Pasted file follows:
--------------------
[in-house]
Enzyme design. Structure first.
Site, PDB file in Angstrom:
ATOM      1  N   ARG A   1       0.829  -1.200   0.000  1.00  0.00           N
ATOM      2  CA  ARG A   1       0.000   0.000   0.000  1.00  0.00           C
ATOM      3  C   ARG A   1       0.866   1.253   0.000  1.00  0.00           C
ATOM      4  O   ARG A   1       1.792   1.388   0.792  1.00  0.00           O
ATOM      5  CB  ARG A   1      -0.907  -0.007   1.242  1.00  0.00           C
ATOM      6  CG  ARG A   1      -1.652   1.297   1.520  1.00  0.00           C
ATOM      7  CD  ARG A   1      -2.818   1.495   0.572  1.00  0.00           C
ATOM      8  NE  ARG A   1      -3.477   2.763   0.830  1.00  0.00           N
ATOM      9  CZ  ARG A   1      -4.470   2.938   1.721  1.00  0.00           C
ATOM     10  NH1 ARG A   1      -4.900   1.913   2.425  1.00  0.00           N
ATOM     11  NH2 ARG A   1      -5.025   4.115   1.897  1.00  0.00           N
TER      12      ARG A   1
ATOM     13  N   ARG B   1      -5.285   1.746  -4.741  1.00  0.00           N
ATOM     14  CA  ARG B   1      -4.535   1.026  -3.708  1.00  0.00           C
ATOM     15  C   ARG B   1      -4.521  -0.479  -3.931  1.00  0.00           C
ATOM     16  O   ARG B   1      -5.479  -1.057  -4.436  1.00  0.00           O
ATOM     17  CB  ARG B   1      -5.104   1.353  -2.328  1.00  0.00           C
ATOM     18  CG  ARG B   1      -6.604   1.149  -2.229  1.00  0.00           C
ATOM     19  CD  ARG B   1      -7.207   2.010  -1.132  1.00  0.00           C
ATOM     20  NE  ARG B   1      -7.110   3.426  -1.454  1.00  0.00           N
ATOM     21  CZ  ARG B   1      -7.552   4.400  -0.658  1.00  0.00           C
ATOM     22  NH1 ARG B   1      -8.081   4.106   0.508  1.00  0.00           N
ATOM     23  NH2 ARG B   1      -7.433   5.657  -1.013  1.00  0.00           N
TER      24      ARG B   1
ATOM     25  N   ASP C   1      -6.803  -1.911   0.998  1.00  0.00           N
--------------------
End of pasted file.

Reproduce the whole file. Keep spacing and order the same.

[in-house]
Enzyme design. Structure first.
Site, PDB file in Angstrom:
ATOM      1  N   ARG A   1       0.829  -1.200   0.000  1.00  0.00           N
ATOM      2  CA  ARG A   1       0.000   0.000   0.000  1.00  0.00           C
ATOM      3  C   ARG A   1       0.866   1.253   0.000  1.00  0.00           C
ATOM      4  O   ARG A   1       1.792   1.388   0.792  1.00  0.00           O
ATOM      5  CB  ARG A   1      -0.907  -0.007   1.242  1.00  0.00           C
ATOM      6  CG  ARG A   1      -1.652   1.297   1.520  1.00  0.00           C
ATOM      7  CD  ARG A   1      -2.818   1.495   0.572  1.00  0.00           C
ATOM      8  NE  ARG A   1      -3.477   2.763   0.830  1.00  0.00           N
ATOM      9  CZ  ARG A   1      -4.470   2.938   1.721  1.00  0.00           C
ATOM     10  NH1 ARG A   1      -4.900   1.913   2.425  1.00  0.00           N
ATOM     11  NH2 ARG A   1      -5.025   4.115   1.897  1.00  0.00           N
TER      12      ARG A   1
ATOM     13  N   ARG B   1      -5.285   1.746  -4.741  1.00  0.00           N
ATOM     14  CA  ARG B   1      -4.535   1.026  -3.708  1.00  0.00           C
ATOM     15  C   ARG B   1      -4.521  -0.479  -3.931  1.00  0.00           C
ATOM     16  O   ARG B   1      -5.479  -1.057  -4.436  1.00  0.00           O
ATOM     17  CB  ARG B   1      -5.104   1.353  -2.328  1.00  0.00           C
ATOM     18  CG  ARG B   1      -6.604   1.149  -2.229  1.00  0.00           C
ATOM     19  CD  ARG B   1      -7.207   2.010  -1.132  1.00  0.00           C
ATOM     20  NE  ARG B   1      -7.110   3.426  -1.454  1.00  0.00           N
ATOM     21  CZ  ARG B   1      -7.552   4.400  -0.658  1.00  0.00           C
ATOM     22  NH1 ARG B   1      -8.081   4.106   0.508  1.00  0.00           N
ATOM     23  NH2 ARG B   1      -7.433   5.657  -1.013  1.00  0.00           N
TER      24      ARG B   1
ATOM     25  N   ASP C   1      -6.803  -1.911   0.998  1.00  0.00           N